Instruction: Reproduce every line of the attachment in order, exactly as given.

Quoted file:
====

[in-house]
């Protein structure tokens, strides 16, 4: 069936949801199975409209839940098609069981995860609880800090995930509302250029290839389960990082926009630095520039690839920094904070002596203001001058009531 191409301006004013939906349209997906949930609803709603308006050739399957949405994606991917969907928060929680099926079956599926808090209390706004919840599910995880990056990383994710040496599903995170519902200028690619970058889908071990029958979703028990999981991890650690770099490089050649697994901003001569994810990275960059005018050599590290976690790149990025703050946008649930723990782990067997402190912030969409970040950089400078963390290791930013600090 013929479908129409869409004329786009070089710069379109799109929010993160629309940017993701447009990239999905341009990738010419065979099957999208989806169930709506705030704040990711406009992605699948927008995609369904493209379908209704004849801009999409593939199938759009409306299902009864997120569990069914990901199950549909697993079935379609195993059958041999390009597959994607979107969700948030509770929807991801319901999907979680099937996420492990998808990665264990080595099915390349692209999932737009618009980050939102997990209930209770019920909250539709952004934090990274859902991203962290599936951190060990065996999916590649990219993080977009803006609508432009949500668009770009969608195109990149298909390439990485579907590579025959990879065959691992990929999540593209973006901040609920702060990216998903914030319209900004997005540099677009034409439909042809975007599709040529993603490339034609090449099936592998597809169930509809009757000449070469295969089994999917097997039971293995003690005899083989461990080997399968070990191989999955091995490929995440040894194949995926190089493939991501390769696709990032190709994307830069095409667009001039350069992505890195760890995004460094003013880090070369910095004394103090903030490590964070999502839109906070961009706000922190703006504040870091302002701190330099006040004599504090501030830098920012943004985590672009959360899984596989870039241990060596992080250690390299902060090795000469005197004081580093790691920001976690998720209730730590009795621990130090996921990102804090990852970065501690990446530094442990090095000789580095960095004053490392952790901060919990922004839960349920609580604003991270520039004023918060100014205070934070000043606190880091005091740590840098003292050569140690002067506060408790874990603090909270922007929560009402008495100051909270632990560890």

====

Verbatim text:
[in-house]
């Protein structure tokens, strides 16, 4: 069936949801199975409209839940098609069981995860609880800090995930509302250029290839389960990082926009630095520039690839920094904070002596203001001058009531 191409301006004013939906349209997906949930609803709603308006050739399957949405994606991917969907928060929680099926079956599926808090209390706004919840599910995880990056990383994710040496599903995170519902200028690619970058889908071990029958979703028990999981991890650690770099490089050649697994901003001569994810990275960059005018050599590290976690790149990025703050946008649930723990782990067997402190912030969409970040950089400078963390290791930013600090 013929479908129409869409004329786009070089710069379109799109929010993160629309940017993701447009990239999905341009990738010419065979099957999208989806169930709506705030704040990711406009992605699948927008995609369904493209379908209704004849801009999409593939199938759009409306299902009864997120569990069914990901199950549909697993079935379609195993059958041999390009597959994607979107969700948030509770929807991801319901999907979680099937996420492990998808990665264990080595099915390349692209999932737009618009980050939102997990209930209770019920909250539709952004934090990274859902991203962290599936951190060990065996999916590649990219993080977009803006609508432009949500668009770009969608195109990149298909390439990485579907590579025959990879065959691992990929999540593209973006901040609920702060990216998903914030319209900004997005540099677009034409439909042809975007599709040529993603490339034609090449099936592998597809169930509809009757000449070469295969089994999917097997039971293995003690005899083989461990080997399968070990191989999955091995490929995440040894194949995926190089493939991501390769696709990032190709994307830069095409667009001039350069992505890195760890995004460094003013880090070369910095004394103090903030490590964070999502839109906070961009706000922190703006504040870091302002701190330099006040004599504090501030830098920012943004985590672009959360899984596989870039241990060596992080250690390299902060090795000469005197004081580093790691920001976690998720209730730590009795621990130090996921990102804090990852970065501690990446530094442990090095000789580095960095004053490392952790901060919990922004839960349920609580604003991270520039004023918060100014205070934070000043606190880091005091740590840098003292050569140690002067506060408790874990603090909270922007929560009402008495100051909270632990560890």